When I was six I cut holes in the CENTER of my bedspread. I also cut my own bangs and put my name in crayon on the bottom of all the dining room chairs in red crayon. I was a budding artist with time on my hands. I still love cutting fiddly little patterns into things. The other day I wanted to do some Nuno felting. I rooted around in the stash and found this piece of green and white merino that tempted me to take a pair of scissors to it.
Sometimes I feel guilty about things like that, one wrong cut and it is all over, hours of work lost, hopes dashed, blah, blah, blah. At least that is what my lesser demons tell me. But then I own up, cut a template or three, and slide those blades right in. I do suggest you make several templates to lay out ahead of your scissoring. It lets you map a path and avoid mistakes when cloth is limited, and certain colors become important.
I used oak board (stencil cardboard) for the templates, later on I can use them as a resist when dying cloth. By the way, this is something I love about working with fabric and paper, almost nothing gets wasted. The stencil bits become templates, which become resists… sliver sized bits of felt get scissored up some more and put into the yarn, like tweed. Scraps of silk get felted right back into the wool, fragments of paper get used for decoupage, and so it goes. It gives me great joy, makes me feel resourceful.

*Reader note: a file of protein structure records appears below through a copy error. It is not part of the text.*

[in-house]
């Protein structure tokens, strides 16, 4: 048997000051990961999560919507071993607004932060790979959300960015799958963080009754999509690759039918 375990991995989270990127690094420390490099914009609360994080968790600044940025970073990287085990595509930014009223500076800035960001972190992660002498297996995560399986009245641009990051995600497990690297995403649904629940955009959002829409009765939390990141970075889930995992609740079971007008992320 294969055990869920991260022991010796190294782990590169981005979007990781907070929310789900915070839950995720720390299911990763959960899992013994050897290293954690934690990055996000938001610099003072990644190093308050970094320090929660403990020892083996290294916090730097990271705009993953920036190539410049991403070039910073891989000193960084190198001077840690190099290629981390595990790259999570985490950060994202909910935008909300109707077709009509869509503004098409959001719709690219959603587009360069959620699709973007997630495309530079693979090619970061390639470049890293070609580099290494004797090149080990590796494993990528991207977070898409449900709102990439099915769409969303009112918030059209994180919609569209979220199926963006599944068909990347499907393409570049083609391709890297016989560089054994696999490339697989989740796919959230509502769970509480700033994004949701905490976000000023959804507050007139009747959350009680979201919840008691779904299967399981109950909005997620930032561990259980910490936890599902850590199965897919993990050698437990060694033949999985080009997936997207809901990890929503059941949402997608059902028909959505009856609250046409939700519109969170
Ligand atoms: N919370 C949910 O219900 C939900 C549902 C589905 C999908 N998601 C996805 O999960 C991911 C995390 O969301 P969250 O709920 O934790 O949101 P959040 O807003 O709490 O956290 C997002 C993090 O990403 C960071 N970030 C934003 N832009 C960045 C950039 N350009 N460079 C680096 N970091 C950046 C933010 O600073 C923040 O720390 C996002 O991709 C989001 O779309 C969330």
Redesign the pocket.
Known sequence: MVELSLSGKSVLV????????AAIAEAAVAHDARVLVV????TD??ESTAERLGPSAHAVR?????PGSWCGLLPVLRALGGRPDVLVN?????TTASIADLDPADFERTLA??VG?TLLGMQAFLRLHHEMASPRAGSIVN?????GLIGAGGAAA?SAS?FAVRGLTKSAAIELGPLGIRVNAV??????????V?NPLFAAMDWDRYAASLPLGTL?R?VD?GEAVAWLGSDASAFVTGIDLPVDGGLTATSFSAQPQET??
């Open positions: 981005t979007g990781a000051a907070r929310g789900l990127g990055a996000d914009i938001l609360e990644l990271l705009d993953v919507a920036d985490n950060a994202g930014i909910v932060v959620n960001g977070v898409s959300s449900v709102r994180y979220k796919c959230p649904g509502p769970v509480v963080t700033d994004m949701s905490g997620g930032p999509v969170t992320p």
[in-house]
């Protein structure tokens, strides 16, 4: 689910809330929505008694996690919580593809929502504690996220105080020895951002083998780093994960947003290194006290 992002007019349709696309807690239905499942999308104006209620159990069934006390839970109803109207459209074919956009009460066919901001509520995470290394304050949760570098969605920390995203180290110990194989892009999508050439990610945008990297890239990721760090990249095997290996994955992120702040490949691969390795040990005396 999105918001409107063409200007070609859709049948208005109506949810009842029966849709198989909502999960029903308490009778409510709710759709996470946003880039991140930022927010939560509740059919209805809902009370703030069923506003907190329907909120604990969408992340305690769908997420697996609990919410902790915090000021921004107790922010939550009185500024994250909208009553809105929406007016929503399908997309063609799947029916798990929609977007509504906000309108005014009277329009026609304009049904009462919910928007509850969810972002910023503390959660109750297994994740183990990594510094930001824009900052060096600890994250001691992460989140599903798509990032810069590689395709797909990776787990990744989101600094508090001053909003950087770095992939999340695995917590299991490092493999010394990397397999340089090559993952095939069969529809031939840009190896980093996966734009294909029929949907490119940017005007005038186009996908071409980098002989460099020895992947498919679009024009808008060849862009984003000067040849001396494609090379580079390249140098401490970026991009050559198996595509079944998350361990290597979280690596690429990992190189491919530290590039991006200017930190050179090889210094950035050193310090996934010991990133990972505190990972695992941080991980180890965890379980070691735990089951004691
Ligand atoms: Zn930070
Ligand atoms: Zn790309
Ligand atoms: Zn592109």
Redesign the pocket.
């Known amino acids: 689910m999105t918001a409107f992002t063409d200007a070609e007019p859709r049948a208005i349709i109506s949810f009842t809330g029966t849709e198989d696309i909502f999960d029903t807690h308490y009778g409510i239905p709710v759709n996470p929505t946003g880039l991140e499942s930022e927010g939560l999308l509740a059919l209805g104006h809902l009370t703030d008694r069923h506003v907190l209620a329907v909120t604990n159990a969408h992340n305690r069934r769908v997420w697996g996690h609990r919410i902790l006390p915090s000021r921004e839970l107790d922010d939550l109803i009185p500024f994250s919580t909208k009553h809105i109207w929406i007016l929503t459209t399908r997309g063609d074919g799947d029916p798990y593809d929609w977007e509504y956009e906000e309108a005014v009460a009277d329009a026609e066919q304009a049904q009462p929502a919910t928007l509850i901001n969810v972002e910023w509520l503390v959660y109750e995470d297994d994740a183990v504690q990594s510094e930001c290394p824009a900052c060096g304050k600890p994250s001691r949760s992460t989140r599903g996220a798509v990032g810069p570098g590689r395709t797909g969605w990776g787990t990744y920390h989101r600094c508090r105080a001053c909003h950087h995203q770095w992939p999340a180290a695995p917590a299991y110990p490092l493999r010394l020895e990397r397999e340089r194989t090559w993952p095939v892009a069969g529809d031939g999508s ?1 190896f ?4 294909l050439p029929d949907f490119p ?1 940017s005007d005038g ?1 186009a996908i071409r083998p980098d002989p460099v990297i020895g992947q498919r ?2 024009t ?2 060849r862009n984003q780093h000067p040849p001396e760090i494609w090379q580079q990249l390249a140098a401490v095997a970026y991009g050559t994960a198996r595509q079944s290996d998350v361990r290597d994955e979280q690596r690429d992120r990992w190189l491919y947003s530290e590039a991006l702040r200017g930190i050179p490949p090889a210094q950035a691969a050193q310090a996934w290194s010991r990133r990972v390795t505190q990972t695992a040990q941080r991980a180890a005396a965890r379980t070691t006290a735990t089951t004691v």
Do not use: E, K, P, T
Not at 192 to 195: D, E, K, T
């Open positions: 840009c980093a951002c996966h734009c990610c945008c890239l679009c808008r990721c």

Onwards! Many, many, many…many…………………………..many… lay outs later I got to doing the felting. Four hundred rolls on the pool noodle and I had a scarf, but it wasn’t finished. Some of the felt wouldn’t stick all the way, some of it not at all, but no more then 5-10% of the whole piece, which I felt was a great success.
Here is the first rule of felting: DON’T PANIC (do you have your towel?), felt is very forgiving. It can be roughed up and re-felted. I made lots of little, inky-dinky cuts all over the backsides where it would be felted back into the fabric, and did the same around the edges.
Then, because I hate not getting my way, I stitched those unruly, uncooperative edges down, down, down!! I used rayon thread because it would add a soft hint of glow wherever it was going to be felted in, the stitches show on the back as texture and become nearly invisible.
Here is the end result:
One last note on the design itself, for many years I have been in love with silk, and kimonos are right up there on that silk list. I love that most of the kimono fabrics are one of a kind, hand painted, and all of them are always so delicate; I get glowy just thinking about it. With kimono fabric in mind, I was attempting to make the cut-outs look like paths through a garden, or mountains and valleys. The shapes softened up considerably and now look like falling leaves.
In a few weeks I shall have more of these scarves made for my Etsy shop and I will holler when ready. Tune in again next time for “The Coffee is in the Bathtub, Next to the Acorns!”